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So long, Reddit

Here's why I'm leaving Reddit—and you should, too.


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Internet Culture

Posted on Jul 13, 2015   Updated on May 28, 2021, 9:13 am CDT


Earlier today, I took my children to my great-grandparents’ grave in Mount Pleasant Cemetery in Toronto. They don’t have a big headstone or a nice spot. However, they have a big place in my heart: He came to Canada from Barbados, she from Jamaica, and he built two (!) houses for their extended family.

They sent their children to school. One of their sons got some patents on television. A daughter went to University after raising a family and taught school in Africa. Another son became the first black Member of Provincial Parliament in Ontario.

A granddaughter became an early programmer and analyst in Canada. I am her son.

I have been a Redditor on and off since its very beginning. Reddit is a business. And, it seems, a manifestation of the sincerely held extreme libertarian views of its founders on the subject of free speech.

These are nice theories to debate. The practical reality is that Reddit seems to have overtaken Stormfront as the world’s largest white supremacy community. And thus, every page view turns into some fraction of a dollar that powers a server that hosts hate.

Hate for me and my children. Hate for my great-grandparents coming here. Hate that goes beyond talk and becomes shootings and burning of churches, and “standing your ground” against teenagers. To others, hate is just “disagreement.” Or just “appalling talk.” Or just “people of color with thin skins.”

The practical reality is that Reddit seems to have overtaken Stormfront as the world’s largest white supremacy community. 

I grew up worshipping in a historically black church. There’s another just down the street from me. There’s also a mosque and a Buddhist temple, mind you. So when people talk about hate, it may merely be “offensive speech” when you, your children, and your neighbors are not the people they want to exterminate.

But it is more than that to me.

I have no trouble distinguishing those who visit /r/Programming and /r/Javascript from those who inhabit /r/CoonTown. I like almost everyone I’ve interacted with on Reddit. But while the inhabitants may be different people, the landlord is the same person, and keeping the lights on in /r/Javascript is also keeping the lights on in the Chimpire.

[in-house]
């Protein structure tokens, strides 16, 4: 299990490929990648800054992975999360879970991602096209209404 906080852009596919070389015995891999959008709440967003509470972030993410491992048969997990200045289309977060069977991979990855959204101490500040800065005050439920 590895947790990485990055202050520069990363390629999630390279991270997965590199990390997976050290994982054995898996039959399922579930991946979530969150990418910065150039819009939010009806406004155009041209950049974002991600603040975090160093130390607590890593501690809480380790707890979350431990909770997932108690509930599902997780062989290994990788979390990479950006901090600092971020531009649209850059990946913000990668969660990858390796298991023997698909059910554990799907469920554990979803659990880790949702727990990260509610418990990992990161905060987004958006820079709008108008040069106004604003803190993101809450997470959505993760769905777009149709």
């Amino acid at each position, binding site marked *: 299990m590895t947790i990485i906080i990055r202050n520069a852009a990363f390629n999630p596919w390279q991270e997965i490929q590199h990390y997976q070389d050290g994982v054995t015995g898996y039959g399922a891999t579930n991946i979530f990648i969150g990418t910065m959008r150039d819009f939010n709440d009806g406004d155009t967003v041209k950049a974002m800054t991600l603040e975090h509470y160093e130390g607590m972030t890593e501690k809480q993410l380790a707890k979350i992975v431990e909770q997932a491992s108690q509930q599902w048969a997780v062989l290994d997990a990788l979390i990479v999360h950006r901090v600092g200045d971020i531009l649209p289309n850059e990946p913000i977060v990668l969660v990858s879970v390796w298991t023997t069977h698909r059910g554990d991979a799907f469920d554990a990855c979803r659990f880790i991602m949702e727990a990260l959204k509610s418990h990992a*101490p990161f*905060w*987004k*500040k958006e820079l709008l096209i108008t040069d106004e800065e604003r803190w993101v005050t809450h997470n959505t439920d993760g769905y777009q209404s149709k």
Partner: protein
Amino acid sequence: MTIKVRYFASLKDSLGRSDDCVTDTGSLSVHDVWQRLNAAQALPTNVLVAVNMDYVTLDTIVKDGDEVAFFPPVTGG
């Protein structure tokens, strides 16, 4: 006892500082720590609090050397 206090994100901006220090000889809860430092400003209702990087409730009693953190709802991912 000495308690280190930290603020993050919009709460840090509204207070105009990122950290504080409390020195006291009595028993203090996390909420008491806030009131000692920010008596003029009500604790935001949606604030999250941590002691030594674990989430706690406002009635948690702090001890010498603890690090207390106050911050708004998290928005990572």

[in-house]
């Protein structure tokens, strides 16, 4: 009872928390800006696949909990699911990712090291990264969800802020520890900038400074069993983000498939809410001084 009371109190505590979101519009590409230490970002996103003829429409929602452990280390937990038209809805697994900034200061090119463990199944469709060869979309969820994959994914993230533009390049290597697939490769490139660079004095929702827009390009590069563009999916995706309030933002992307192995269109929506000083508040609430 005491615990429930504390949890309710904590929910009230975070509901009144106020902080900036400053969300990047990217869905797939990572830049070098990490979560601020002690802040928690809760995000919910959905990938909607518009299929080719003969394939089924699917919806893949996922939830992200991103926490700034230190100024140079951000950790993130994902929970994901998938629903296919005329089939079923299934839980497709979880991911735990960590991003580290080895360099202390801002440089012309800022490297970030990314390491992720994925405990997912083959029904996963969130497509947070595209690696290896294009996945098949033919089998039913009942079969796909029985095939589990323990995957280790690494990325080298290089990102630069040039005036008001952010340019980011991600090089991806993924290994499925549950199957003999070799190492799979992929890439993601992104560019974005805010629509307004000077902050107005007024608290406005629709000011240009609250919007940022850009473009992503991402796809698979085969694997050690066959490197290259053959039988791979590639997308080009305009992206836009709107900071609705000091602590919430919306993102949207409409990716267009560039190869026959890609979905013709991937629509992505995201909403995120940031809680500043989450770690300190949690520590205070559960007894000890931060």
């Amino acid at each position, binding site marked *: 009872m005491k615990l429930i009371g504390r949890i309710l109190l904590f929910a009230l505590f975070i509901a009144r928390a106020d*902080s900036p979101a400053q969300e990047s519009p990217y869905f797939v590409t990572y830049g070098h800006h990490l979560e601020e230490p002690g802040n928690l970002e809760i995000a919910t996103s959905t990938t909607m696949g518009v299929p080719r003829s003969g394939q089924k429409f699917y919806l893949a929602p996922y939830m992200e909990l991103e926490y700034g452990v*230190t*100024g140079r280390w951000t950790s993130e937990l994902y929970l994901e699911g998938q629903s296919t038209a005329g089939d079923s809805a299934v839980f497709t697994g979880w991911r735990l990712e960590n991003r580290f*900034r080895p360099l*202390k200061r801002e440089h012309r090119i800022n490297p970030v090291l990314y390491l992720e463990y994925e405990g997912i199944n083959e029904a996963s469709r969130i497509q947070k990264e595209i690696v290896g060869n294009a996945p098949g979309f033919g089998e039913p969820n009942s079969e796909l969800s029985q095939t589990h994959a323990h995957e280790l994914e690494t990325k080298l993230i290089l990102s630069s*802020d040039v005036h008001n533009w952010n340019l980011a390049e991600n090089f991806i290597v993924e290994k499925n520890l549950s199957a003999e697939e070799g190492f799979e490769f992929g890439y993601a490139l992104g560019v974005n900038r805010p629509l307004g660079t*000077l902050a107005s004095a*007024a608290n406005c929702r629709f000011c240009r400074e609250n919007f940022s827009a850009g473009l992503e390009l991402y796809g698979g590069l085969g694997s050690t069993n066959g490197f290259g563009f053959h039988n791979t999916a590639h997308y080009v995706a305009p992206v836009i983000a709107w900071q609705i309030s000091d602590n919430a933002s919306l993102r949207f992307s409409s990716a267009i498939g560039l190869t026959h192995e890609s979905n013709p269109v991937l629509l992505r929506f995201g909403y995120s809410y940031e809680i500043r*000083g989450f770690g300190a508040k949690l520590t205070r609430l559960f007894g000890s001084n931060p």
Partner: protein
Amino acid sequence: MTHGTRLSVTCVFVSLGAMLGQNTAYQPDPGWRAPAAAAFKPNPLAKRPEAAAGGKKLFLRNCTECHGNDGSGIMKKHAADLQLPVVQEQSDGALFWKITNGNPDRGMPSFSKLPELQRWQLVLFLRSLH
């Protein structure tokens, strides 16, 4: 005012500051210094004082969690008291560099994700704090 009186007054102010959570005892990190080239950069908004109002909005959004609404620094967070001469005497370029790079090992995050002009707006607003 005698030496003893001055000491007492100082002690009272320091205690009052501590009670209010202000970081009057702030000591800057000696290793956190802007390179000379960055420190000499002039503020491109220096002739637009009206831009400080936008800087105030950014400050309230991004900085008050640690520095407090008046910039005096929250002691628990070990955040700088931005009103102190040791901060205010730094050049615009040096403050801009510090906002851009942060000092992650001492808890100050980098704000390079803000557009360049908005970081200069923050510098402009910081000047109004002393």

I don’t need to debate whether someone is legally allowed to have a certain type of hateful speech—or whether its effects go beyond merely being “appalling” or “offensive.” What I know is this: Choosing to build a for-profit business around hosting such speech is a choice, and choosing whether to support that business is also a choice.

Hate is an unpleasant side effect of hosting unfettered free speech in exactly the same way that cancer is an unpleasant side effect of selling cigarettes.

The Internet has free speech: You host your own website or your own forums. Choosing to run a business that hosts certain types of speech has nothing to do with making sure people have a right to speak freely: It’s inviting them to speak on your dime, and choosing to make money from their speech and their audience.

So Reddit has made its choice, and now I must make mine.

Sometimes you think about all this and say, “I accept the responsibility, and the benefit I provide outweighs the bad things.” And sometimes you say, “No, the benefit does not outweigh the bad things, and I will not play along.”

I am choosing to stop playing along. I’ve removed most of the links to Reddit discussions from Raganwald.Com. My income will certainly go down. But for me personally, that is meaningless in the broader picture. I don’t want to make money from lung cancer, so I don’t do business with tobacco companies. I don’t want to do business with people who monetize hate, either.

So I won’t.

This article was originally featured on Braythwayt.Com and reposted with permission.

Reginald Braithwaite currently works at PagerDuty and was formerly part of the team at GitHub. He writes a hands-on technical blog called, speaks at conferences, and has written a few books.

Illustration by Jason Reed

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*First Published: Jul 13, 2015, 2:14 pm CDT